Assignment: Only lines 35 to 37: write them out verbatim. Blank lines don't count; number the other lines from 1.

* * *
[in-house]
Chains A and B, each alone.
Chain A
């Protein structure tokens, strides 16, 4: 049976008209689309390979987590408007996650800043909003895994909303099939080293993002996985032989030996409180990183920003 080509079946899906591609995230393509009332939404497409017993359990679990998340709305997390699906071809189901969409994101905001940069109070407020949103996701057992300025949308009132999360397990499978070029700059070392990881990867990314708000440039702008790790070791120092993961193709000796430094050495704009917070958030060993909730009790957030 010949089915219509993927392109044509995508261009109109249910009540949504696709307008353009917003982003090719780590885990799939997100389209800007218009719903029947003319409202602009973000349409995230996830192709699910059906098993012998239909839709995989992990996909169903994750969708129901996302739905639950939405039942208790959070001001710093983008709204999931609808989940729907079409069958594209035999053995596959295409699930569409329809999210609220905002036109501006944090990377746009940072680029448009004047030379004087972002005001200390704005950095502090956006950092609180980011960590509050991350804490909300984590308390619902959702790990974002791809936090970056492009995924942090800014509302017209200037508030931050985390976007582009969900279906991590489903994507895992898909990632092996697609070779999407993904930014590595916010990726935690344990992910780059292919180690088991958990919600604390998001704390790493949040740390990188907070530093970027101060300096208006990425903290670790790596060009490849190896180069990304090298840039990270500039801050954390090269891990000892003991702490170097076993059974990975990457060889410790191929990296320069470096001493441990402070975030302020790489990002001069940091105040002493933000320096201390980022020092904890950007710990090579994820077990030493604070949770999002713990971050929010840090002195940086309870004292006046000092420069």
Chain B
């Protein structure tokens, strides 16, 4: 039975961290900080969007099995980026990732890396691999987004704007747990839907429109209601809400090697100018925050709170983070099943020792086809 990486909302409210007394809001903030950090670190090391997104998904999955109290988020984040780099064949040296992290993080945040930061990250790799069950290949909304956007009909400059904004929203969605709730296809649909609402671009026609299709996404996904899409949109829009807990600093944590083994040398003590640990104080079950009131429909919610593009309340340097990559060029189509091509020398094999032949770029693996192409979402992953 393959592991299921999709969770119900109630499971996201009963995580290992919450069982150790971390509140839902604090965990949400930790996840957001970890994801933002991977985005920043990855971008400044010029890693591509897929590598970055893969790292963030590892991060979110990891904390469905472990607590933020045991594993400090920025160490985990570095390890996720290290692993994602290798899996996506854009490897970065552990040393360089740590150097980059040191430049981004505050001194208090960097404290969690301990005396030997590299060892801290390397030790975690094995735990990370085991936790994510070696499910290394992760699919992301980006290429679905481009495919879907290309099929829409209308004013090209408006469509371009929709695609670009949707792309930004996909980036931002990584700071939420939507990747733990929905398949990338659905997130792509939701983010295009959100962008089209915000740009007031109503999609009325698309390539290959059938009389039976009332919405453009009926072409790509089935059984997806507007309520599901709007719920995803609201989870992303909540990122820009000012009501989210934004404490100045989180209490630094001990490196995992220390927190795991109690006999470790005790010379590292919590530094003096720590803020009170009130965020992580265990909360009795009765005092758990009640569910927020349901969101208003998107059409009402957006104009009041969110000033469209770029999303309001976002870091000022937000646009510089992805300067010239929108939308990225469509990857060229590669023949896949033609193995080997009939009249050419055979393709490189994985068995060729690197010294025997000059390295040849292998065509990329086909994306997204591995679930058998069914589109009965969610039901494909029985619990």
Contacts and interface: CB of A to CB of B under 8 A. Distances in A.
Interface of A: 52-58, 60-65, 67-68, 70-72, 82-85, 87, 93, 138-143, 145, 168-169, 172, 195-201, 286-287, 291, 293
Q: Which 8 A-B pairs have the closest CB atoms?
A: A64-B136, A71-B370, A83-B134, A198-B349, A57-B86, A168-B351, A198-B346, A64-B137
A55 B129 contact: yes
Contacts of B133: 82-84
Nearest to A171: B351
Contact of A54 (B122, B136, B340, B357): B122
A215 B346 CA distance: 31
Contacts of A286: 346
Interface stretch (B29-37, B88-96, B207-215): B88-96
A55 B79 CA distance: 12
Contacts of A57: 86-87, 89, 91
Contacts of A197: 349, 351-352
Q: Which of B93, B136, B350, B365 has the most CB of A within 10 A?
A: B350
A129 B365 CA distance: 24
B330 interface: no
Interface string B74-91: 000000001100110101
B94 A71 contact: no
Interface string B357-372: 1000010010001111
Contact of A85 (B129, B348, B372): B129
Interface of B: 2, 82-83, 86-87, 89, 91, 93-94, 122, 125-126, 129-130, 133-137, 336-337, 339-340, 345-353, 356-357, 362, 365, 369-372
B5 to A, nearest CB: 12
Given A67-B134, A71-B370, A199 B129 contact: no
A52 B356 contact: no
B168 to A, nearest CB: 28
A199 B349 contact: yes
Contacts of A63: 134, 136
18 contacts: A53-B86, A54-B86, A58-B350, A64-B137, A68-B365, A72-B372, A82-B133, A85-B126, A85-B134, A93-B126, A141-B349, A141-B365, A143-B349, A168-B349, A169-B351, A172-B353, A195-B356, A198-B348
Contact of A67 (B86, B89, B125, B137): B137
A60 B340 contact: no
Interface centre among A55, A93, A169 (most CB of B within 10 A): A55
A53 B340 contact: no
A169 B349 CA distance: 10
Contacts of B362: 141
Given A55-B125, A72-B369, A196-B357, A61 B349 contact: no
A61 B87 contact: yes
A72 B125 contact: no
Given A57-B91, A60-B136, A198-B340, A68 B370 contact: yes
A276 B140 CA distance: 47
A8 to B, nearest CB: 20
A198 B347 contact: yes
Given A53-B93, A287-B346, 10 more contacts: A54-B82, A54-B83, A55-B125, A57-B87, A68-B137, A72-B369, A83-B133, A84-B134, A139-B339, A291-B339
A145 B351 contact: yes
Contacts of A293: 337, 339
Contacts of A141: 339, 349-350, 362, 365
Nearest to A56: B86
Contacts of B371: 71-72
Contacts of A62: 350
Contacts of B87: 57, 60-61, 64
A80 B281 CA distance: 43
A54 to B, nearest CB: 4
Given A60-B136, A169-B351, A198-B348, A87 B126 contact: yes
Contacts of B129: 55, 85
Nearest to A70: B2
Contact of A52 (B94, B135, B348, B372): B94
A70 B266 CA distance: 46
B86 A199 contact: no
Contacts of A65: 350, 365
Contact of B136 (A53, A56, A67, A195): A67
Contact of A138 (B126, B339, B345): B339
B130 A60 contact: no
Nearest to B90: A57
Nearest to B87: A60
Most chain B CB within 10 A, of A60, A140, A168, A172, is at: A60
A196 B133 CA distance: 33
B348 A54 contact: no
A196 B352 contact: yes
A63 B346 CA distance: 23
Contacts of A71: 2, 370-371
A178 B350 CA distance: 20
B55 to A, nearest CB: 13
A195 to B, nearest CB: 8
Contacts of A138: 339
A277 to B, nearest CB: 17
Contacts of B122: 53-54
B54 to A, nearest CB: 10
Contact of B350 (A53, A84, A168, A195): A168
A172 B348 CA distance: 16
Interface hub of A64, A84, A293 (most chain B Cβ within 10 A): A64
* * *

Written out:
Contacts of A63: 134, 136
18 contacts: A53-B86, A54-B86, A58-B350, A64-B137, A68-B365, A72-B372, A82-B133, A85-B126, A85-B134, A93-B126, A141-B349, A141-B365, A143-B349, A168-B349, A169-B351, A172-B353, A195-B356, A198-B348
Contact of A67 (B86, B89, B125, B137): B137